The navy stated on Wednesday that a burnt-out cargo ship that had already produced Sri Lanka's

Colombo, Sri Lanka  |  Wed, June 2, 2021  |  5:12 pm

The navy stated on Wednesday that a burnt-out cargo ship that had already produced Sri Lanka’s greatest maritime environmental disaster was in imminent risk of sinking because several hundred tonnes of oil remained in its fuel tanks.

The MV X-Press Pearl, which was carrying hundreds of tonnes of chemicals and plastics, burnt for 13 days within sight of the island’s coast before being put out on Tuesday by rescue workers.

The 278 tonnes of bunker oil and 50 tonnes of gas in the Singapore-registered ship’s fuel tanks have already flooded beaches, and authorities now fear an even worse tragedy if they seep into the Indian Ocean.

As tugboats attempted to tow the ship further out to sea on Wednesday, naval spokesperson Indika de Silva said it was “imminently risking sinking.”

The salvage company involved in the operation “has indicated that the vessel is sinking at the current position,” according to Fisheries Minister Kanchana Wijesekera.

The vessel’s stern was underwater, according to an AFP photographer at Sarakkuwa, just north of the Colombo harbor.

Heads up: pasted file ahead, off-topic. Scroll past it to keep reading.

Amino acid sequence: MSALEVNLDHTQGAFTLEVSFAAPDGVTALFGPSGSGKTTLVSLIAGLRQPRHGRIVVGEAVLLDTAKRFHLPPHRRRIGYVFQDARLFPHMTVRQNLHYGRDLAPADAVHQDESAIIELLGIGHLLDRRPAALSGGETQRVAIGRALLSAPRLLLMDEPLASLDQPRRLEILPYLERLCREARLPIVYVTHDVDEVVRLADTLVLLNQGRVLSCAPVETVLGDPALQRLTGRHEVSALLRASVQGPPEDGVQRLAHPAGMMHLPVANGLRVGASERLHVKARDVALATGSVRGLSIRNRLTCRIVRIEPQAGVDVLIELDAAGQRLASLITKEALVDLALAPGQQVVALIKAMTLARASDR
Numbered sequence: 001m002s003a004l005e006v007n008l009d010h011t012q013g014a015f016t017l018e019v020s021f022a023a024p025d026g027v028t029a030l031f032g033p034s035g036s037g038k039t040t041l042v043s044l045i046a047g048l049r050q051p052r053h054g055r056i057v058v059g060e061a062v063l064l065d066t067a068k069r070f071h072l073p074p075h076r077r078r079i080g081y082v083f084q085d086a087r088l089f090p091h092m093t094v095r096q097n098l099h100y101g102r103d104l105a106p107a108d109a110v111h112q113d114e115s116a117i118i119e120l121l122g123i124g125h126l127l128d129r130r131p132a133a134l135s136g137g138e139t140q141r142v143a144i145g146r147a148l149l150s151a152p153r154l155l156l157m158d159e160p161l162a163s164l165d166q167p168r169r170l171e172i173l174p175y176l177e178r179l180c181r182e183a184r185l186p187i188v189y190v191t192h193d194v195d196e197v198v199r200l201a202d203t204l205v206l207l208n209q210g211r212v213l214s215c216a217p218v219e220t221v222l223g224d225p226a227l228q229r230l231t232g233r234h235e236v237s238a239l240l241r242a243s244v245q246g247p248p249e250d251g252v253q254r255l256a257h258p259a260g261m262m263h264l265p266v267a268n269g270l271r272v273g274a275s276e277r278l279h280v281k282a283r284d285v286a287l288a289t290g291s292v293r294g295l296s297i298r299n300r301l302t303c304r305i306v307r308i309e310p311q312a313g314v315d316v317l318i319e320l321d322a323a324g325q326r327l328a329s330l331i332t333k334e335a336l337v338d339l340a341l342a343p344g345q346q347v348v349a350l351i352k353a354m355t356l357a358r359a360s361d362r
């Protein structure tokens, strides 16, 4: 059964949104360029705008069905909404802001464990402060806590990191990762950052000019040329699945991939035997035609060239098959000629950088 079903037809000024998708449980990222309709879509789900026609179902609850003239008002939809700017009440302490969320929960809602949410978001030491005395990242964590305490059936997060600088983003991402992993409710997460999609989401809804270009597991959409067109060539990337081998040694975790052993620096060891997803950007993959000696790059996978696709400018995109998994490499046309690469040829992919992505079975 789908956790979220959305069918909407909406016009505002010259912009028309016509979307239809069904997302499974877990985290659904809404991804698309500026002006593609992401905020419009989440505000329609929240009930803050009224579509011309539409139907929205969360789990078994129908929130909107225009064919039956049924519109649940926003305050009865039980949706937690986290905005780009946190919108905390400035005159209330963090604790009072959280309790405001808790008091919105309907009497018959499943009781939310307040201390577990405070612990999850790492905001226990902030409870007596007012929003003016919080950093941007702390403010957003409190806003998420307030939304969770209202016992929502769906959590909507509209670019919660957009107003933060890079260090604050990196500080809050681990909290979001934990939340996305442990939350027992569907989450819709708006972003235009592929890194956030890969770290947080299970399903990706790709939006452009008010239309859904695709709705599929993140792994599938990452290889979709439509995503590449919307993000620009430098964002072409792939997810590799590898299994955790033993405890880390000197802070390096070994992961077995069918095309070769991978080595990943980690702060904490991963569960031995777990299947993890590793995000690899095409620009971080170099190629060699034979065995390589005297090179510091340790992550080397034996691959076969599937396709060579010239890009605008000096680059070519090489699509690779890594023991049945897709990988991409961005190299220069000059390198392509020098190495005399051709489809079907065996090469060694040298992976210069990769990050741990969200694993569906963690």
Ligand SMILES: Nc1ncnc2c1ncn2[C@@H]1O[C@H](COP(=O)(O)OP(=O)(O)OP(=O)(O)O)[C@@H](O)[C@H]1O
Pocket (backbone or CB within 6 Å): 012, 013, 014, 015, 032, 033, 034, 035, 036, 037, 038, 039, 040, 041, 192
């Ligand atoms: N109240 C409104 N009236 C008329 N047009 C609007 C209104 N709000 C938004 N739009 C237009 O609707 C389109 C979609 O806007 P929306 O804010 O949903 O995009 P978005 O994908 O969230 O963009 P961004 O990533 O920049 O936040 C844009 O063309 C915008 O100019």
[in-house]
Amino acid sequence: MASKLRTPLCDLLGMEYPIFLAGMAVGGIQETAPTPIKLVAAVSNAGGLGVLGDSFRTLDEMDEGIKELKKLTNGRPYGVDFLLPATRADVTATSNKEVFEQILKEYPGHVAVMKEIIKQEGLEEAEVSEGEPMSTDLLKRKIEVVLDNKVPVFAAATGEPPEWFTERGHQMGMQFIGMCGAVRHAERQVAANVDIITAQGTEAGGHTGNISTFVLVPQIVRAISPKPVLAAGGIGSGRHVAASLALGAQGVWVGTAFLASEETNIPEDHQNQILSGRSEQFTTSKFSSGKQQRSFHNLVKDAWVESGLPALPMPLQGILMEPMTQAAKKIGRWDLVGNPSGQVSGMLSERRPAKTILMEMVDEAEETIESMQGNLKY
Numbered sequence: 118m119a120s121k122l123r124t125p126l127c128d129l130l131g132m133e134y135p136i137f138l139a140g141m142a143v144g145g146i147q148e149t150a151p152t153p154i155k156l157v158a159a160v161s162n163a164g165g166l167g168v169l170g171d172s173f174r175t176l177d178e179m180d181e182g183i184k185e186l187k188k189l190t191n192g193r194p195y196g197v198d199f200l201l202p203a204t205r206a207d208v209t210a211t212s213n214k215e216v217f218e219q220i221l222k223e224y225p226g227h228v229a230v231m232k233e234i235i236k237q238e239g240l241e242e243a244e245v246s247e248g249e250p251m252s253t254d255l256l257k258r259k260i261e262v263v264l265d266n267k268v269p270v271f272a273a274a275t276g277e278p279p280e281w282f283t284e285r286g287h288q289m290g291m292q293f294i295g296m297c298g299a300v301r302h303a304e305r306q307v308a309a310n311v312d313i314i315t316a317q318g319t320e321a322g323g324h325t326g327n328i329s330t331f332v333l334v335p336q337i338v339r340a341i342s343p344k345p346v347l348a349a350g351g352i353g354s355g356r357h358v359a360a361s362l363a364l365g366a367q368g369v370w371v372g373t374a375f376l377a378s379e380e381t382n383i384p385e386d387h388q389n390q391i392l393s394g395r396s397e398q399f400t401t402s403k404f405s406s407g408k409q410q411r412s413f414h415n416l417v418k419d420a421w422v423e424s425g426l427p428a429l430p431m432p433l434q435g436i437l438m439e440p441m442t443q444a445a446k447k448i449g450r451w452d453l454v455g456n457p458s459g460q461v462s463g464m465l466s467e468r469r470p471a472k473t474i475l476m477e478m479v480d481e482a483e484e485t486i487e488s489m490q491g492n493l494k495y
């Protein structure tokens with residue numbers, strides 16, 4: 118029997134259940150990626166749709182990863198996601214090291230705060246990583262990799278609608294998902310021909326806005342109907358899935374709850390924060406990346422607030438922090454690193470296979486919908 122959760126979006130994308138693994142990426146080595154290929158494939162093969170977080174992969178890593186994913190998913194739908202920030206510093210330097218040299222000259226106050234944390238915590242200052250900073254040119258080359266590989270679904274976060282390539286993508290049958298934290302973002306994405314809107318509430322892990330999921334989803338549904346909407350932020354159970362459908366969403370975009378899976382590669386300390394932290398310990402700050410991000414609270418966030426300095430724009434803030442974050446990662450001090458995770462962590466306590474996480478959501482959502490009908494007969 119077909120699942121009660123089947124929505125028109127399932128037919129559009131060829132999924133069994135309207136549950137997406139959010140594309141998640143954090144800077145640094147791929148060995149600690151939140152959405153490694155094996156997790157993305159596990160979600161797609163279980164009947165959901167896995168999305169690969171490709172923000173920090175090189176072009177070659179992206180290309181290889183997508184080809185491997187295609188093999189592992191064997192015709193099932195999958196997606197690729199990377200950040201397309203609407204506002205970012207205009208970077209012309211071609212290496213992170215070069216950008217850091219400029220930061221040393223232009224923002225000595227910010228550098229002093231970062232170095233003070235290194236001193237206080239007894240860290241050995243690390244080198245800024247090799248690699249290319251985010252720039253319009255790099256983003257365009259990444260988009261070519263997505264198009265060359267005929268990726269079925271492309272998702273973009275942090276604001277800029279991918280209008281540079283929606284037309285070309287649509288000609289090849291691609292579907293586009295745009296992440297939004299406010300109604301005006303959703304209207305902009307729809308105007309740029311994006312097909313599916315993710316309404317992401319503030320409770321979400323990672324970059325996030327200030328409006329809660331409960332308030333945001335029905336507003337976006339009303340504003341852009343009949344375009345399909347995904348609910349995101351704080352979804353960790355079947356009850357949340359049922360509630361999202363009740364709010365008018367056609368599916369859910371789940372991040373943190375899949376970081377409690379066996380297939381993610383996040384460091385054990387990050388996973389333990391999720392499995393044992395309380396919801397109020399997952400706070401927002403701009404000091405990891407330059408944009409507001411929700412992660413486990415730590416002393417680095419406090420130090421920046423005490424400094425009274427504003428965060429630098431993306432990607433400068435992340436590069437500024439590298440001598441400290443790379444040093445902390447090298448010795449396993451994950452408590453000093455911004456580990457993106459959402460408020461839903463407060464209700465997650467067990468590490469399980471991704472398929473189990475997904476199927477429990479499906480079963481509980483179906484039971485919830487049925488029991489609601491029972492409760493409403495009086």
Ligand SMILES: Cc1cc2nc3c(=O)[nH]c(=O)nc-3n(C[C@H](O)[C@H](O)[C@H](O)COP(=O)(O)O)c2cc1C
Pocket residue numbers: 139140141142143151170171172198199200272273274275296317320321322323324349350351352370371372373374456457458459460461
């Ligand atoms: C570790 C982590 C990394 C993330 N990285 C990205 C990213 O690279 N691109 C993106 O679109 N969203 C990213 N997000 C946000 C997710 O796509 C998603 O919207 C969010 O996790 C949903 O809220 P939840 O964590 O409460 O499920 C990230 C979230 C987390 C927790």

Local experts worried the vessel was unstable, according to a local official involved in the mitigation efforts.

“Water was sprayed onto the decks as part of the firefighting attempts. The majority of the water has settled in the stern, which has dropped by around a metre “According to AFP, the official said.

“That water is polluted with oil, so we can’t pump it out.”

Late Tuesday, Sri Lankan President Gotabaya Rajapaksa ordered it to be moved to avoid potential coastal damage.

“The experts’ recommendation was therefore to remove the vessel to the deep waters to minimize any potential damage to the marine ecosystem,” his office stated.

The Sri Lankan navy assisted Dutch salvage company SMIT in establishing a tow connection with their tug in order to transfer the vessel away from the Colombo port’s anchorage, which is roughly 15 kilometers off the coast.

The inundation of microplastic granules from the ship’s containers has already resulted in a fishing restriction and raised concerns about the environment and wildlife.

The ship also had 25 tonnes of nitric acid on board, which leaked and caught fire.

The majority of the almost 1,500 containers onboard were believed to have been destroyed by the fire, according to officials.

The ecological damage is still being examined, according to Dharshani Lahandapura of the Marine Environment Protection Authority, but he believes it is the “worst ever in my lifetime.”

On Monday, President Rajapaksa requested assistance from Australia in assessing the island’s ecological devastation, as it is one of the most biodiverse countries in South Asia.

The fire and marine pollution have prompted a criminal probe in Sri Lanka.

The captain and chief engineer, both Russian nationals, as well as a third officer, have been questioned, according to police.

The passports of all three suspects were ordered to be impounded by a judge on Tuesday.

The ship was on its way to Colombo from Gujarat, India, when the fire broke out. It had earlier visited Qatar and Dubai, where the nitric acid canisters had been loaded.

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